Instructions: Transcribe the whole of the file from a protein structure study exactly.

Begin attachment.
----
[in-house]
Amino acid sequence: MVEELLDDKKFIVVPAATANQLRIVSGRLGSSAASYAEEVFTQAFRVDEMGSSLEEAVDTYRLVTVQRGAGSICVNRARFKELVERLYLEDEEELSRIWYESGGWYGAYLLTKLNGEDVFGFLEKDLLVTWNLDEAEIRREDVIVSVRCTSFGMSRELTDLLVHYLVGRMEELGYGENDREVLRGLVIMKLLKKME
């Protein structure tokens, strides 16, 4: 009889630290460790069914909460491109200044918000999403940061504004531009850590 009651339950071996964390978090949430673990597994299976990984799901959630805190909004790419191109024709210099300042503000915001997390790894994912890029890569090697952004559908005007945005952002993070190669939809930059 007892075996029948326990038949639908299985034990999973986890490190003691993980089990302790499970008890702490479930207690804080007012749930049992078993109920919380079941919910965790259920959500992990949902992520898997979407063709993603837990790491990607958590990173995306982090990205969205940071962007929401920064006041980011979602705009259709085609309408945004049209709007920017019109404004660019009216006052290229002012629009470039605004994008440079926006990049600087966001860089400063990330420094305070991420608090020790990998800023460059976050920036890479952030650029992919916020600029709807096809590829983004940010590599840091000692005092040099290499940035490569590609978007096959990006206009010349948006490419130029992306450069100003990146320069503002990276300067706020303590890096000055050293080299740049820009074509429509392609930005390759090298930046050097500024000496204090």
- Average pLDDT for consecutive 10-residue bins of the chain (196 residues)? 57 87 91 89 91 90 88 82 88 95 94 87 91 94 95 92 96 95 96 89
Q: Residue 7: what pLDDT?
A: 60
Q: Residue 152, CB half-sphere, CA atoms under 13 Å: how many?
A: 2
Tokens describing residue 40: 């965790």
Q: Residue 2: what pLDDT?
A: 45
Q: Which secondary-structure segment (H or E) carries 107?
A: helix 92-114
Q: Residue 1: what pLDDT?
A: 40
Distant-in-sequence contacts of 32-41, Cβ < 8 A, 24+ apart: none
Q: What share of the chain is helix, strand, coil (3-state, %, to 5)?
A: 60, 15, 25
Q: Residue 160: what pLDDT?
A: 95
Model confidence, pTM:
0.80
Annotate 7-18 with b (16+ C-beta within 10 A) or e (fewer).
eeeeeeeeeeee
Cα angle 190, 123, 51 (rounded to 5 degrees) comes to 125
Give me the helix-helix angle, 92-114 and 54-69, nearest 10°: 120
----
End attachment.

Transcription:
[in-house]
Amino acid sequence: MVEELLDDKKFIVVPAATANQLRIVSGRLGSSAASYAEEVFTQAFRVDEMGSSLEEAVDTYRLVTVQRGAGSICVNRARFKELVERLYLEDEEELSRIWYESGGWYGAYLLTKLNGEDVFGFLEKDLLVTWNLDEAEIRREDVIVSVRCTSFGMSRELTDLLVHYLVGRMEELGYGENDREVLRGLVIMKLLKKME
């Protein structure tokens, strides 16, 4: 009889630290460790069914909460491109200044918000999403940061504004531009850590 009651339950071996964390978090949430673990597994299976990984799901959630805190909004790419191109024709210099300042503000915001997390790894994912890029890569090697952004559908005007945005952002993070190669939809930059 007892075996029948326990038949639908299985034990999973986890490190003691993980089990302790499970008890702490479930207690804080007012749930049992078993109920919380079941919910965790259920959500992990949902992520898997979407063709993603837990790491990607958590990173995306982090990205969205940071962007929401920064006041980011979602705009259709085609309408945004049209709007920017019109404004660019009216006052290229002012629009470039605004994008440079926006990049600087966001860089400063990330420094305070991420608090020790990998800023460059976050920036890479952030650029992919916020600029709807096809590829983004940010590599840091000692005092040099290499940035490569590609978007096959990006206009010349948006490419130029992306450069100003990146320069503002990276300067706020303590890096000055050293080299740049820009074509429509392609930005390759090298930046050097500024000496204090």
- Average pLDDT for consecutive 10-residue bins of the chain (196 residues)? 57 87 91 89 91 90 88 82 88 95 94 87 91 94 95 92 96 95 96 89
Q: Residue 7: what pLDDT?
A: 60
Q: Residue 152, CB half-sphere, CA atoms under 13 Å: how many?
A: 2
Tokens describing residue 40: 């965790």
Q: Residue 2: what pLDDT?
A: 45
Q: Which secondary-structure segment (H or E) carries 107?
A: helix 92-114
Q: Residue 1: what pLDDT?
A: 40
Distant-in-sequence contacts of 32-41, Cβ < 8 A, 24+ apart: none
Q: What share of the chain is helix, strand, coil (3-state, %, to 5)?
A: 60, 15, 25
Q: Residue 160: what pLDDT?
A: 95
Model confidence, pTM:
0.80
Annotate 7-18 with b (16+ C-beta within 10 A) or e (fewer).
eeeeeeeeeeee
Cα angle 190, 123, 51 (rounded to 5 degrees) comes to 125
Give me the helix-helix angle, 92-114 and 54-69, nearest 10°: 120